Hyundai could face further vehicle production declines in its native South Korea after union members overwhelmingly rejected a tentative contract agreement struck last week.
Disputes over annual wage agreements are not uncommon at the automaker. Work stoppages occurred in all but four years in Hyundai's history, and any related production losses are normally accounted for later in those years.
The tentative agreement reached last week, however, included smaller wage, bonus and incentive increases amid 10 consecutive quarters of sliding profits, and the union, which represents nearly 50,000 workers, rejected it by a 78-22 margin.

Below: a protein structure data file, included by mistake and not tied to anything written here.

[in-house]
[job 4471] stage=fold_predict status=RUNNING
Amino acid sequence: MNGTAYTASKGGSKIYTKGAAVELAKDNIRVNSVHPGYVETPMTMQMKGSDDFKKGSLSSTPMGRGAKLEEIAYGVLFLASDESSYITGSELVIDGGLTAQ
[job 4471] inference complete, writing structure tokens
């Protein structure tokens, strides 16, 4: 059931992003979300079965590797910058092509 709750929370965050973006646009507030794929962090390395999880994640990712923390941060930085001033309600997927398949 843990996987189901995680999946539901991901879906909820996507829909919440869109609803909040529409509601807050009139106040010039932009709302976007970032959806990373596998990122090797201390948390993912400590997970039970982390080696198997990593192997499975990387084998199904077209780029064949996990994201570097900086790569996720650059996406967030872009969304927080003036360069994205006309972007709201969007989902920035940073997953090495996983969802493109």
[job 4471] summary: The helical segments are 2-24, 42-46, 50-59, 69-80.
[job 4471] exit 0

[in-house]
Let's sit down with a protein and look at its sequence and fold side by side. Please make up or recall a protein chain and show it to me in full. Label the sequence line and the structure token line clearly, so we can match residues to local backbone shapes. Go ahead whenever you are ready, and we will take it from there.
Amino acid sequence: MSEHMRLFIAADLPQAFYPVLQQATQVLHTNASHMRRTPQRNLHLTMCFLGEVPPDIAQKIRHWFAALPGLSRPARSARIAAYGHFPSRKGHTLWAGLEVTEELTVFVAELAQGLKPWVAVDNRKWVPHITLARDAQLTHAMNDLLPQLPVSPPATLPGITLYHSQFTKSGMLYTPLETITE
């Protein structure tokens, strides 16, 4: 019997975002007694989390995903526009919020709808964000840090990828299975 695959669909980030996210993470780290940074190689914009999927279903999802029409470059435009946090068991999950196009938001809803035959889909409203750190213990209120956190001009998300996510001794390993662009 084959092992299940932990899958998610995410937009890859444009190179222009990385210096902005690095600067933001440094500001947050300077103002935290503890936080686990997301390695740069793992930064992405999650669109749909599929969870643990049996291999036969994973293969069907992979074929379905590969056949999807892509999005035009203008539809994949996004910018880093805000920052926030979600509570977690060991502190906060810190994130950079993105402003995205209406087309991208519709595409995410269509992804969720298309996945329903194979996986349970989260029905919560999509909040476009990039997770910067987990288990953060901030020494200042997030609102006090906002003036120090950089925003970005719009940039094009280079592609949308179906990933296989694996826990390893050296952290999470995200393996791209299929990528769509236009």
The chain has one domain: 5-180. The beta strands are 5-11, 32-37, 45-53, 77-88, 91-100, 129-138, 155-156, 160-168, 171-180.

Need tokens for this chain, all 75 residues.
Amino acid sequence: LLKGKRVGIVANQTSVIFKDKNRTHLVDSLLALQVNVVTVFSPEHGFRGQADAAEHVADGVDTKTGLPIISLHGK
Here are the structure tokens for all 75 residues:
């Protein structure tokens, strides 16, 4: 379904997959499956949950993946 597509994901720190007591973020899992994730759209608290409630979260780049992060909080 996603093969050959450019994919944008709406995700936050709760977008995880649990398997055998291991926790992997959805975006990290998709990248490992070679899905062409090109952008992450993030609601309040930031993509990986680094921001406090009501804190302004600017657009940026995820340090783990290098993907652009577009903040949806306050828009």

Friday's vote was the first rejection of a proposed agreement since 2008 and could lead to further strikes as both sides prepared to resume negotiations next month. Partial work stoppages this summer cost the automaker production of some 65,500 vehicles worth an estimated $1.3 billion.
Hyundai and Kia are both part of the Hyundai Motor Group, the world's fifth-largest automaker. Kia and its union are also currently locked in contract negotiations.